What's Your Disneyworld Pet Peeve?

Discussion in 'Community Board' started by MIGrandma, Sep 27, 2013.

  1. MIGrandma

    MIGrandma Lives in the middle-of-the-mitten.

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    Now, see...this doesn't bother me. When I see people walking on the left side I just figure they are from a country that walks (and drives their cars) on the left. To THEM walking on the left is the right way to do it, so I always cut them some slack. :)
     
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  3. KennesawNemo

    KennesawNemo DIS Veteran

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    I am confused. Are we supposed to walk on the right in disney because we drive on the right side?

    How about in a mall, shall we always walk on the right?

    How about shopping in supermarket? Only checking the shelf on the right?
     
  4. msjprincess

    msjprincess DIS Veteran

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    I was wondering the same thing. I never knew that was a "rule".
     
  5. mhsjax

    mhsjax DIS Veteran

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    lol. You are a nicer person than I am. Same thing happened to us, I simply told my kids that the other parents weren't doing their job and I was going to raise kids with manners.
     
  6. SLP958

    SLP958 DIS Veteran

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    My peeve is adults complaining about Disney losing its "magic."

    Disney is a really fun place but there is no magic. Maybe the expectations have grown a bit too high.
     
  7. KaLyn

    KaLyn DIS Veteran

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    I've done this too in similar situations! But I tend to say it rather loudly, hoping the other parents hear.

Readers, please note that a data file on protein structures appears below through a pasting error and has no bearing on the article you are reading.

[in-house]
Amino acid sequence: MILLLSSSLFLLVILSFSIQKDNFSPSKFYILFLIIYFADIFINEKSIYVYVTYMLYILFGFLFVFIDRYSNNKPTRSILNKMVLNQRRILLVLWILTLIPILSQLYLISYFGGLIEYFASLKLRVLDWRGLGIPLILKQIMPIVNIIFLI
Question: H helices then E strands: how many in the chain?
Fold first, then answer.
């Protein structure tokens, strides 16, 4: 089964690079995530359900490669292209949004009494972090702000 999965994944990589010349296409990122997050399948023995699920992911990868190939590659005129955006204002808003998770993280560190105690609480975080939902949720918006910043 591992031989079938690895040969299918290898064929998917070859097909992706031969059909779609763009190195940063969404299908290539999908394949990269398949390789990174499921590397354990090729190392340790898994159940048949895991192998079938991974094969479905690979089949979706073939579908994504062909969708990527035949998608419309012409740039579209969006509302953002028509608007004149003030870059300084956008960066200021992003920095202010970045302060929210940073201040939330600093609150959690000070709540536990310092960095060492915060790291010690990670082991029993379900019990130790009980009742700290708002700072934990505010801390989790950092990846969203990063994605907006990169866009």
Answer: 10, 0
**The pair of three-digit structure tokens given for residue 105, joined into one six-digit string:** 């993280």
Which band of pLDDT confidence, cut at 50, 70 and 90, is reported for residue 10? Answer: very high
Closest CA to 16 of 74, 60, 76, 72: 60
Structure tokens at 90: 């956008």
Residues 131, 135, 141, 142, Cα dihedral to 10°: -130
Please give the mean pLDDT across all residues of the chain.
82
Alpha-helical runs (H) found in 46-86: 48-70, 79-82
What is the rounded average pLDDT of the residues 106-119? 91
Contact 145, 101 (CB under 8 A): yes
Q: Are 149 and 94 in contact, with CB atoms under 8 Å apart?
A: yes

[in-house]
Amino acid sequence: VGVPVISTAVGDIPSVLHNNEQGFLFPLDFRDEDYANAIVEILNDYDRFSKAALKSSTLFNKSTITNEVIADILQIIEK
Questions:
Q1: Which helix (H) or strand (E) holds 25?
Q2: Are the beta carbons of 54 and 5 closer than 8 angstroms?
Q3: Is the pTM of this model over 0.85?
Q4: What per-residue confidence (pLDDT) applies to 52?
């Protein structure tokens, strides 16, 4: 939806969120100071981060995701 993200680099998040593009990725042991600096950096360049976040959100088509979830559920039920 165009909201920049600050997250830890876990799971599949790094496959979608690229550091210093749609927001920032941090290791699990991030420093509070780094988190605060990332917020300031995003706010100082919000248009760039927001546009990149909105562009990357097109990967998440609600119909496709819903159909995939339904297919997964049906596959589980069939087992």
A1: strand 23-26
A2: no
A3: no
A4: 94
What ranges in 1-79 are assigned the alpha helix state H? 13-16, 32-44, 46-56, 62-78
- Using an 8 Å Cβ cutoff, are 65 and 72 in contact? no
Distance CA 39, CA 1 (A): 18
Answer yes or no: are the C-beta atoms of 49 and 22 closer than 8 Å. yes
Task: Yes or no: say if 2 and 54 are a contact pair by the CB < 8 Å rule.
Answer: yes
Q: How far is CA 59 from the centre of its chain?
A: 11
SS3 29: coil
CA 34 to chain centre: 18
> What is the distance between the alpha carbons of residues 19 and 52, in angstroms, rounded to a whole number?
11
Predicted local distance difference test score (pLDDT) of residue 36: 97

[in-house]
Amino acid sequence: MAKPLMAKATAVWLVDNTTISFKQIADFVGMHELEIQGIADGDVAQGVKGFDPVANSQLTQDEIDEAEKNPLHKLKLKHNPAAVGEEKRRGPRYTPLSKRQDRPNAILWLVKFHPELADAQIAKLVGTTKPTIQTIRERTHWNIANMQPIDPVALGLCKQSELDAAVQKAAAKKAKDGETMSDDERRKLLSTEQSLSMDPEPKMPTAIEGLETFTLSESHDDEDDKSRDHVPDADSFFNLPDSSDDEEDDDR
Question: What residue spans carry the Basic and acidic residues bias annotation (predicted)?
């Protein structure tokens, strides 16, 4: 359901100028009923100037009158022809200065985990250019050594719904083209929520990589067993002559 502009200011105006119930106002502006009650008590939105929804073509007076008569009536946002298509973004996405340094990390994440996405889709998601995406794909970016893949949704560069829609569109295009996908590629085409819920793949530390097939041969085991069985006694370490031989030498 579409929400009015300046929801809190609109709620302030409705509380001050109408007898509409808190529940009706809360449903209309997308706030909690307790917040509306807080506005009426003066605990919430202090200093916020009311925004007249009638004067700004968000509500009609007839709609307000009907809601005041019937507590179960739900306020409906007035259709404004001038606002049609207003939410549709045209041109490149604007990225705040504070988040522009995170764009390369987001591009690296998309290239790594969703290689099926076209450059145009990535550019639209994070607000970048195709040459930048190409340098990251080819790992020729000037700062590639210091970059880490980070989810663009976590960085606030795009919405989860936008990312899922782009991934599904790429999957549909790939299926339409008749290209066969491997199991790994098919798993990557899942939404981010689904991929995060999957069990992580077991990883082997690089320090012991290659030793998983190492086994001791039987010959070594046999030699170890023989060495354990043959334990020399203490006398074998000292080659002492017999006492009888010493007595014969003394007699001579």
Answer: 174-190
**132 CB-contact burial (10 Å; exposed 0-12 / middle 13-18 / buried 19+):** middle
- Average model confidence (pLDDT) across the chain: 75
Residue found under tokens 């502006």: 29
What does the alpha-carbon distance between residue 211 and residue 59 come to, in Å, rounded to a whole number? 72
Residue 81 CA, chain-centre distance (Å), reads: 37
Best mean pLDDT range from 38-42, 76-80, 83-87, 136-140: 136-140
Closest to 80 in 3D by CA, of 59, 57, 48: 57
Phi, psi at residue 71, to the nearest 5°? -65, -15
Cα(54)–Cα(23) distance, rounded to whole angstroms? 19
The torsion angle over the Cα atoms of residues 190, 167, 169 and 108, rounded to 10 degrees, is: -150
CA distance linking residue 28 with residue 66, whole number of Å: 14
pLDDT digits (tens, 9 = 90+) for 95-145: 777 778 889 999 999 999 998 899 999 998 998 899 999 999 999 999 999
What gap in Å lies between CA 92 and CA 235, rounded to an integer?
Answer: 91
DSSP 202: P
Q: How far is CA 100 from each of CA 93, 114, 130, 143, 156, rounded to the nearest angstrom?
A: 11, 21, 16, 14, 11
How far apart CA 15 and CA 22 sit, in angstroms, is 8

Sent from my iPad using the DISBoards app.
     
  8. mhsjax

    mhsjax DIS Veteran

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    :thumbsup2
     
  9. KristaTX

    KristaTX ♥DIS Veteran♥<br><font color=9966ff>I never knew t

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    "Walk to the right" is a very common etiquette practice in this part of the world. I'm surprised some Americans are not familiar with that :confused3. It's not a law, but it is common courtesy.

    Now in the grocery store, I count it as a rule of etiquette to put your cart on whichever side of the aisle you are looking at the shelves of if you're going to be there for a few moments. Please don't put your cart on one side of the aisle and yourself on the other side, thus blocking the whole aisle. And don't leave your cart in the middle of the aisle while you traipse up and down the row looking for something. Stay to one side or the other so that others can get by. And when approaching another person with a cart who is walking towards you, I say follow the typical "walk to the right" rule and both of you should stick to your right.

    Okay. Grocery store rant over :).
     
  10. KennesawNemo

    KennesawNemo DIS Veteran

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    I am not American, but I have live in this part of the world for 10+ years. I consider myself to be a very good rule follower, but to be honest, I've never observed the rule of walking on your right when I am out and about, otherwise I would definitely ask and follow. I guess I'll pay a little more attention when I am in theme parks next time.

    I was told once by someone that if I am out walking in my subdivision where there is no sidewalk, I should walk on the left so that I can see incoming traffic and be aware. Now, someone clarify for me if this is true. :confused3
     
  11. soccerdad72

    soccerdad72 DIS Veteran

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    I don't think I've ever paid attention to what side of a sidewalk I've walked on? And at WDW, it's a mass of people, so there never seems to be a "side" per se. I guess I might have inadvertently irritated people -- sorry! :confused3
     
  12. JennaDeeDooDah

    JennaDeeDooDah My oh my what a wonderful day!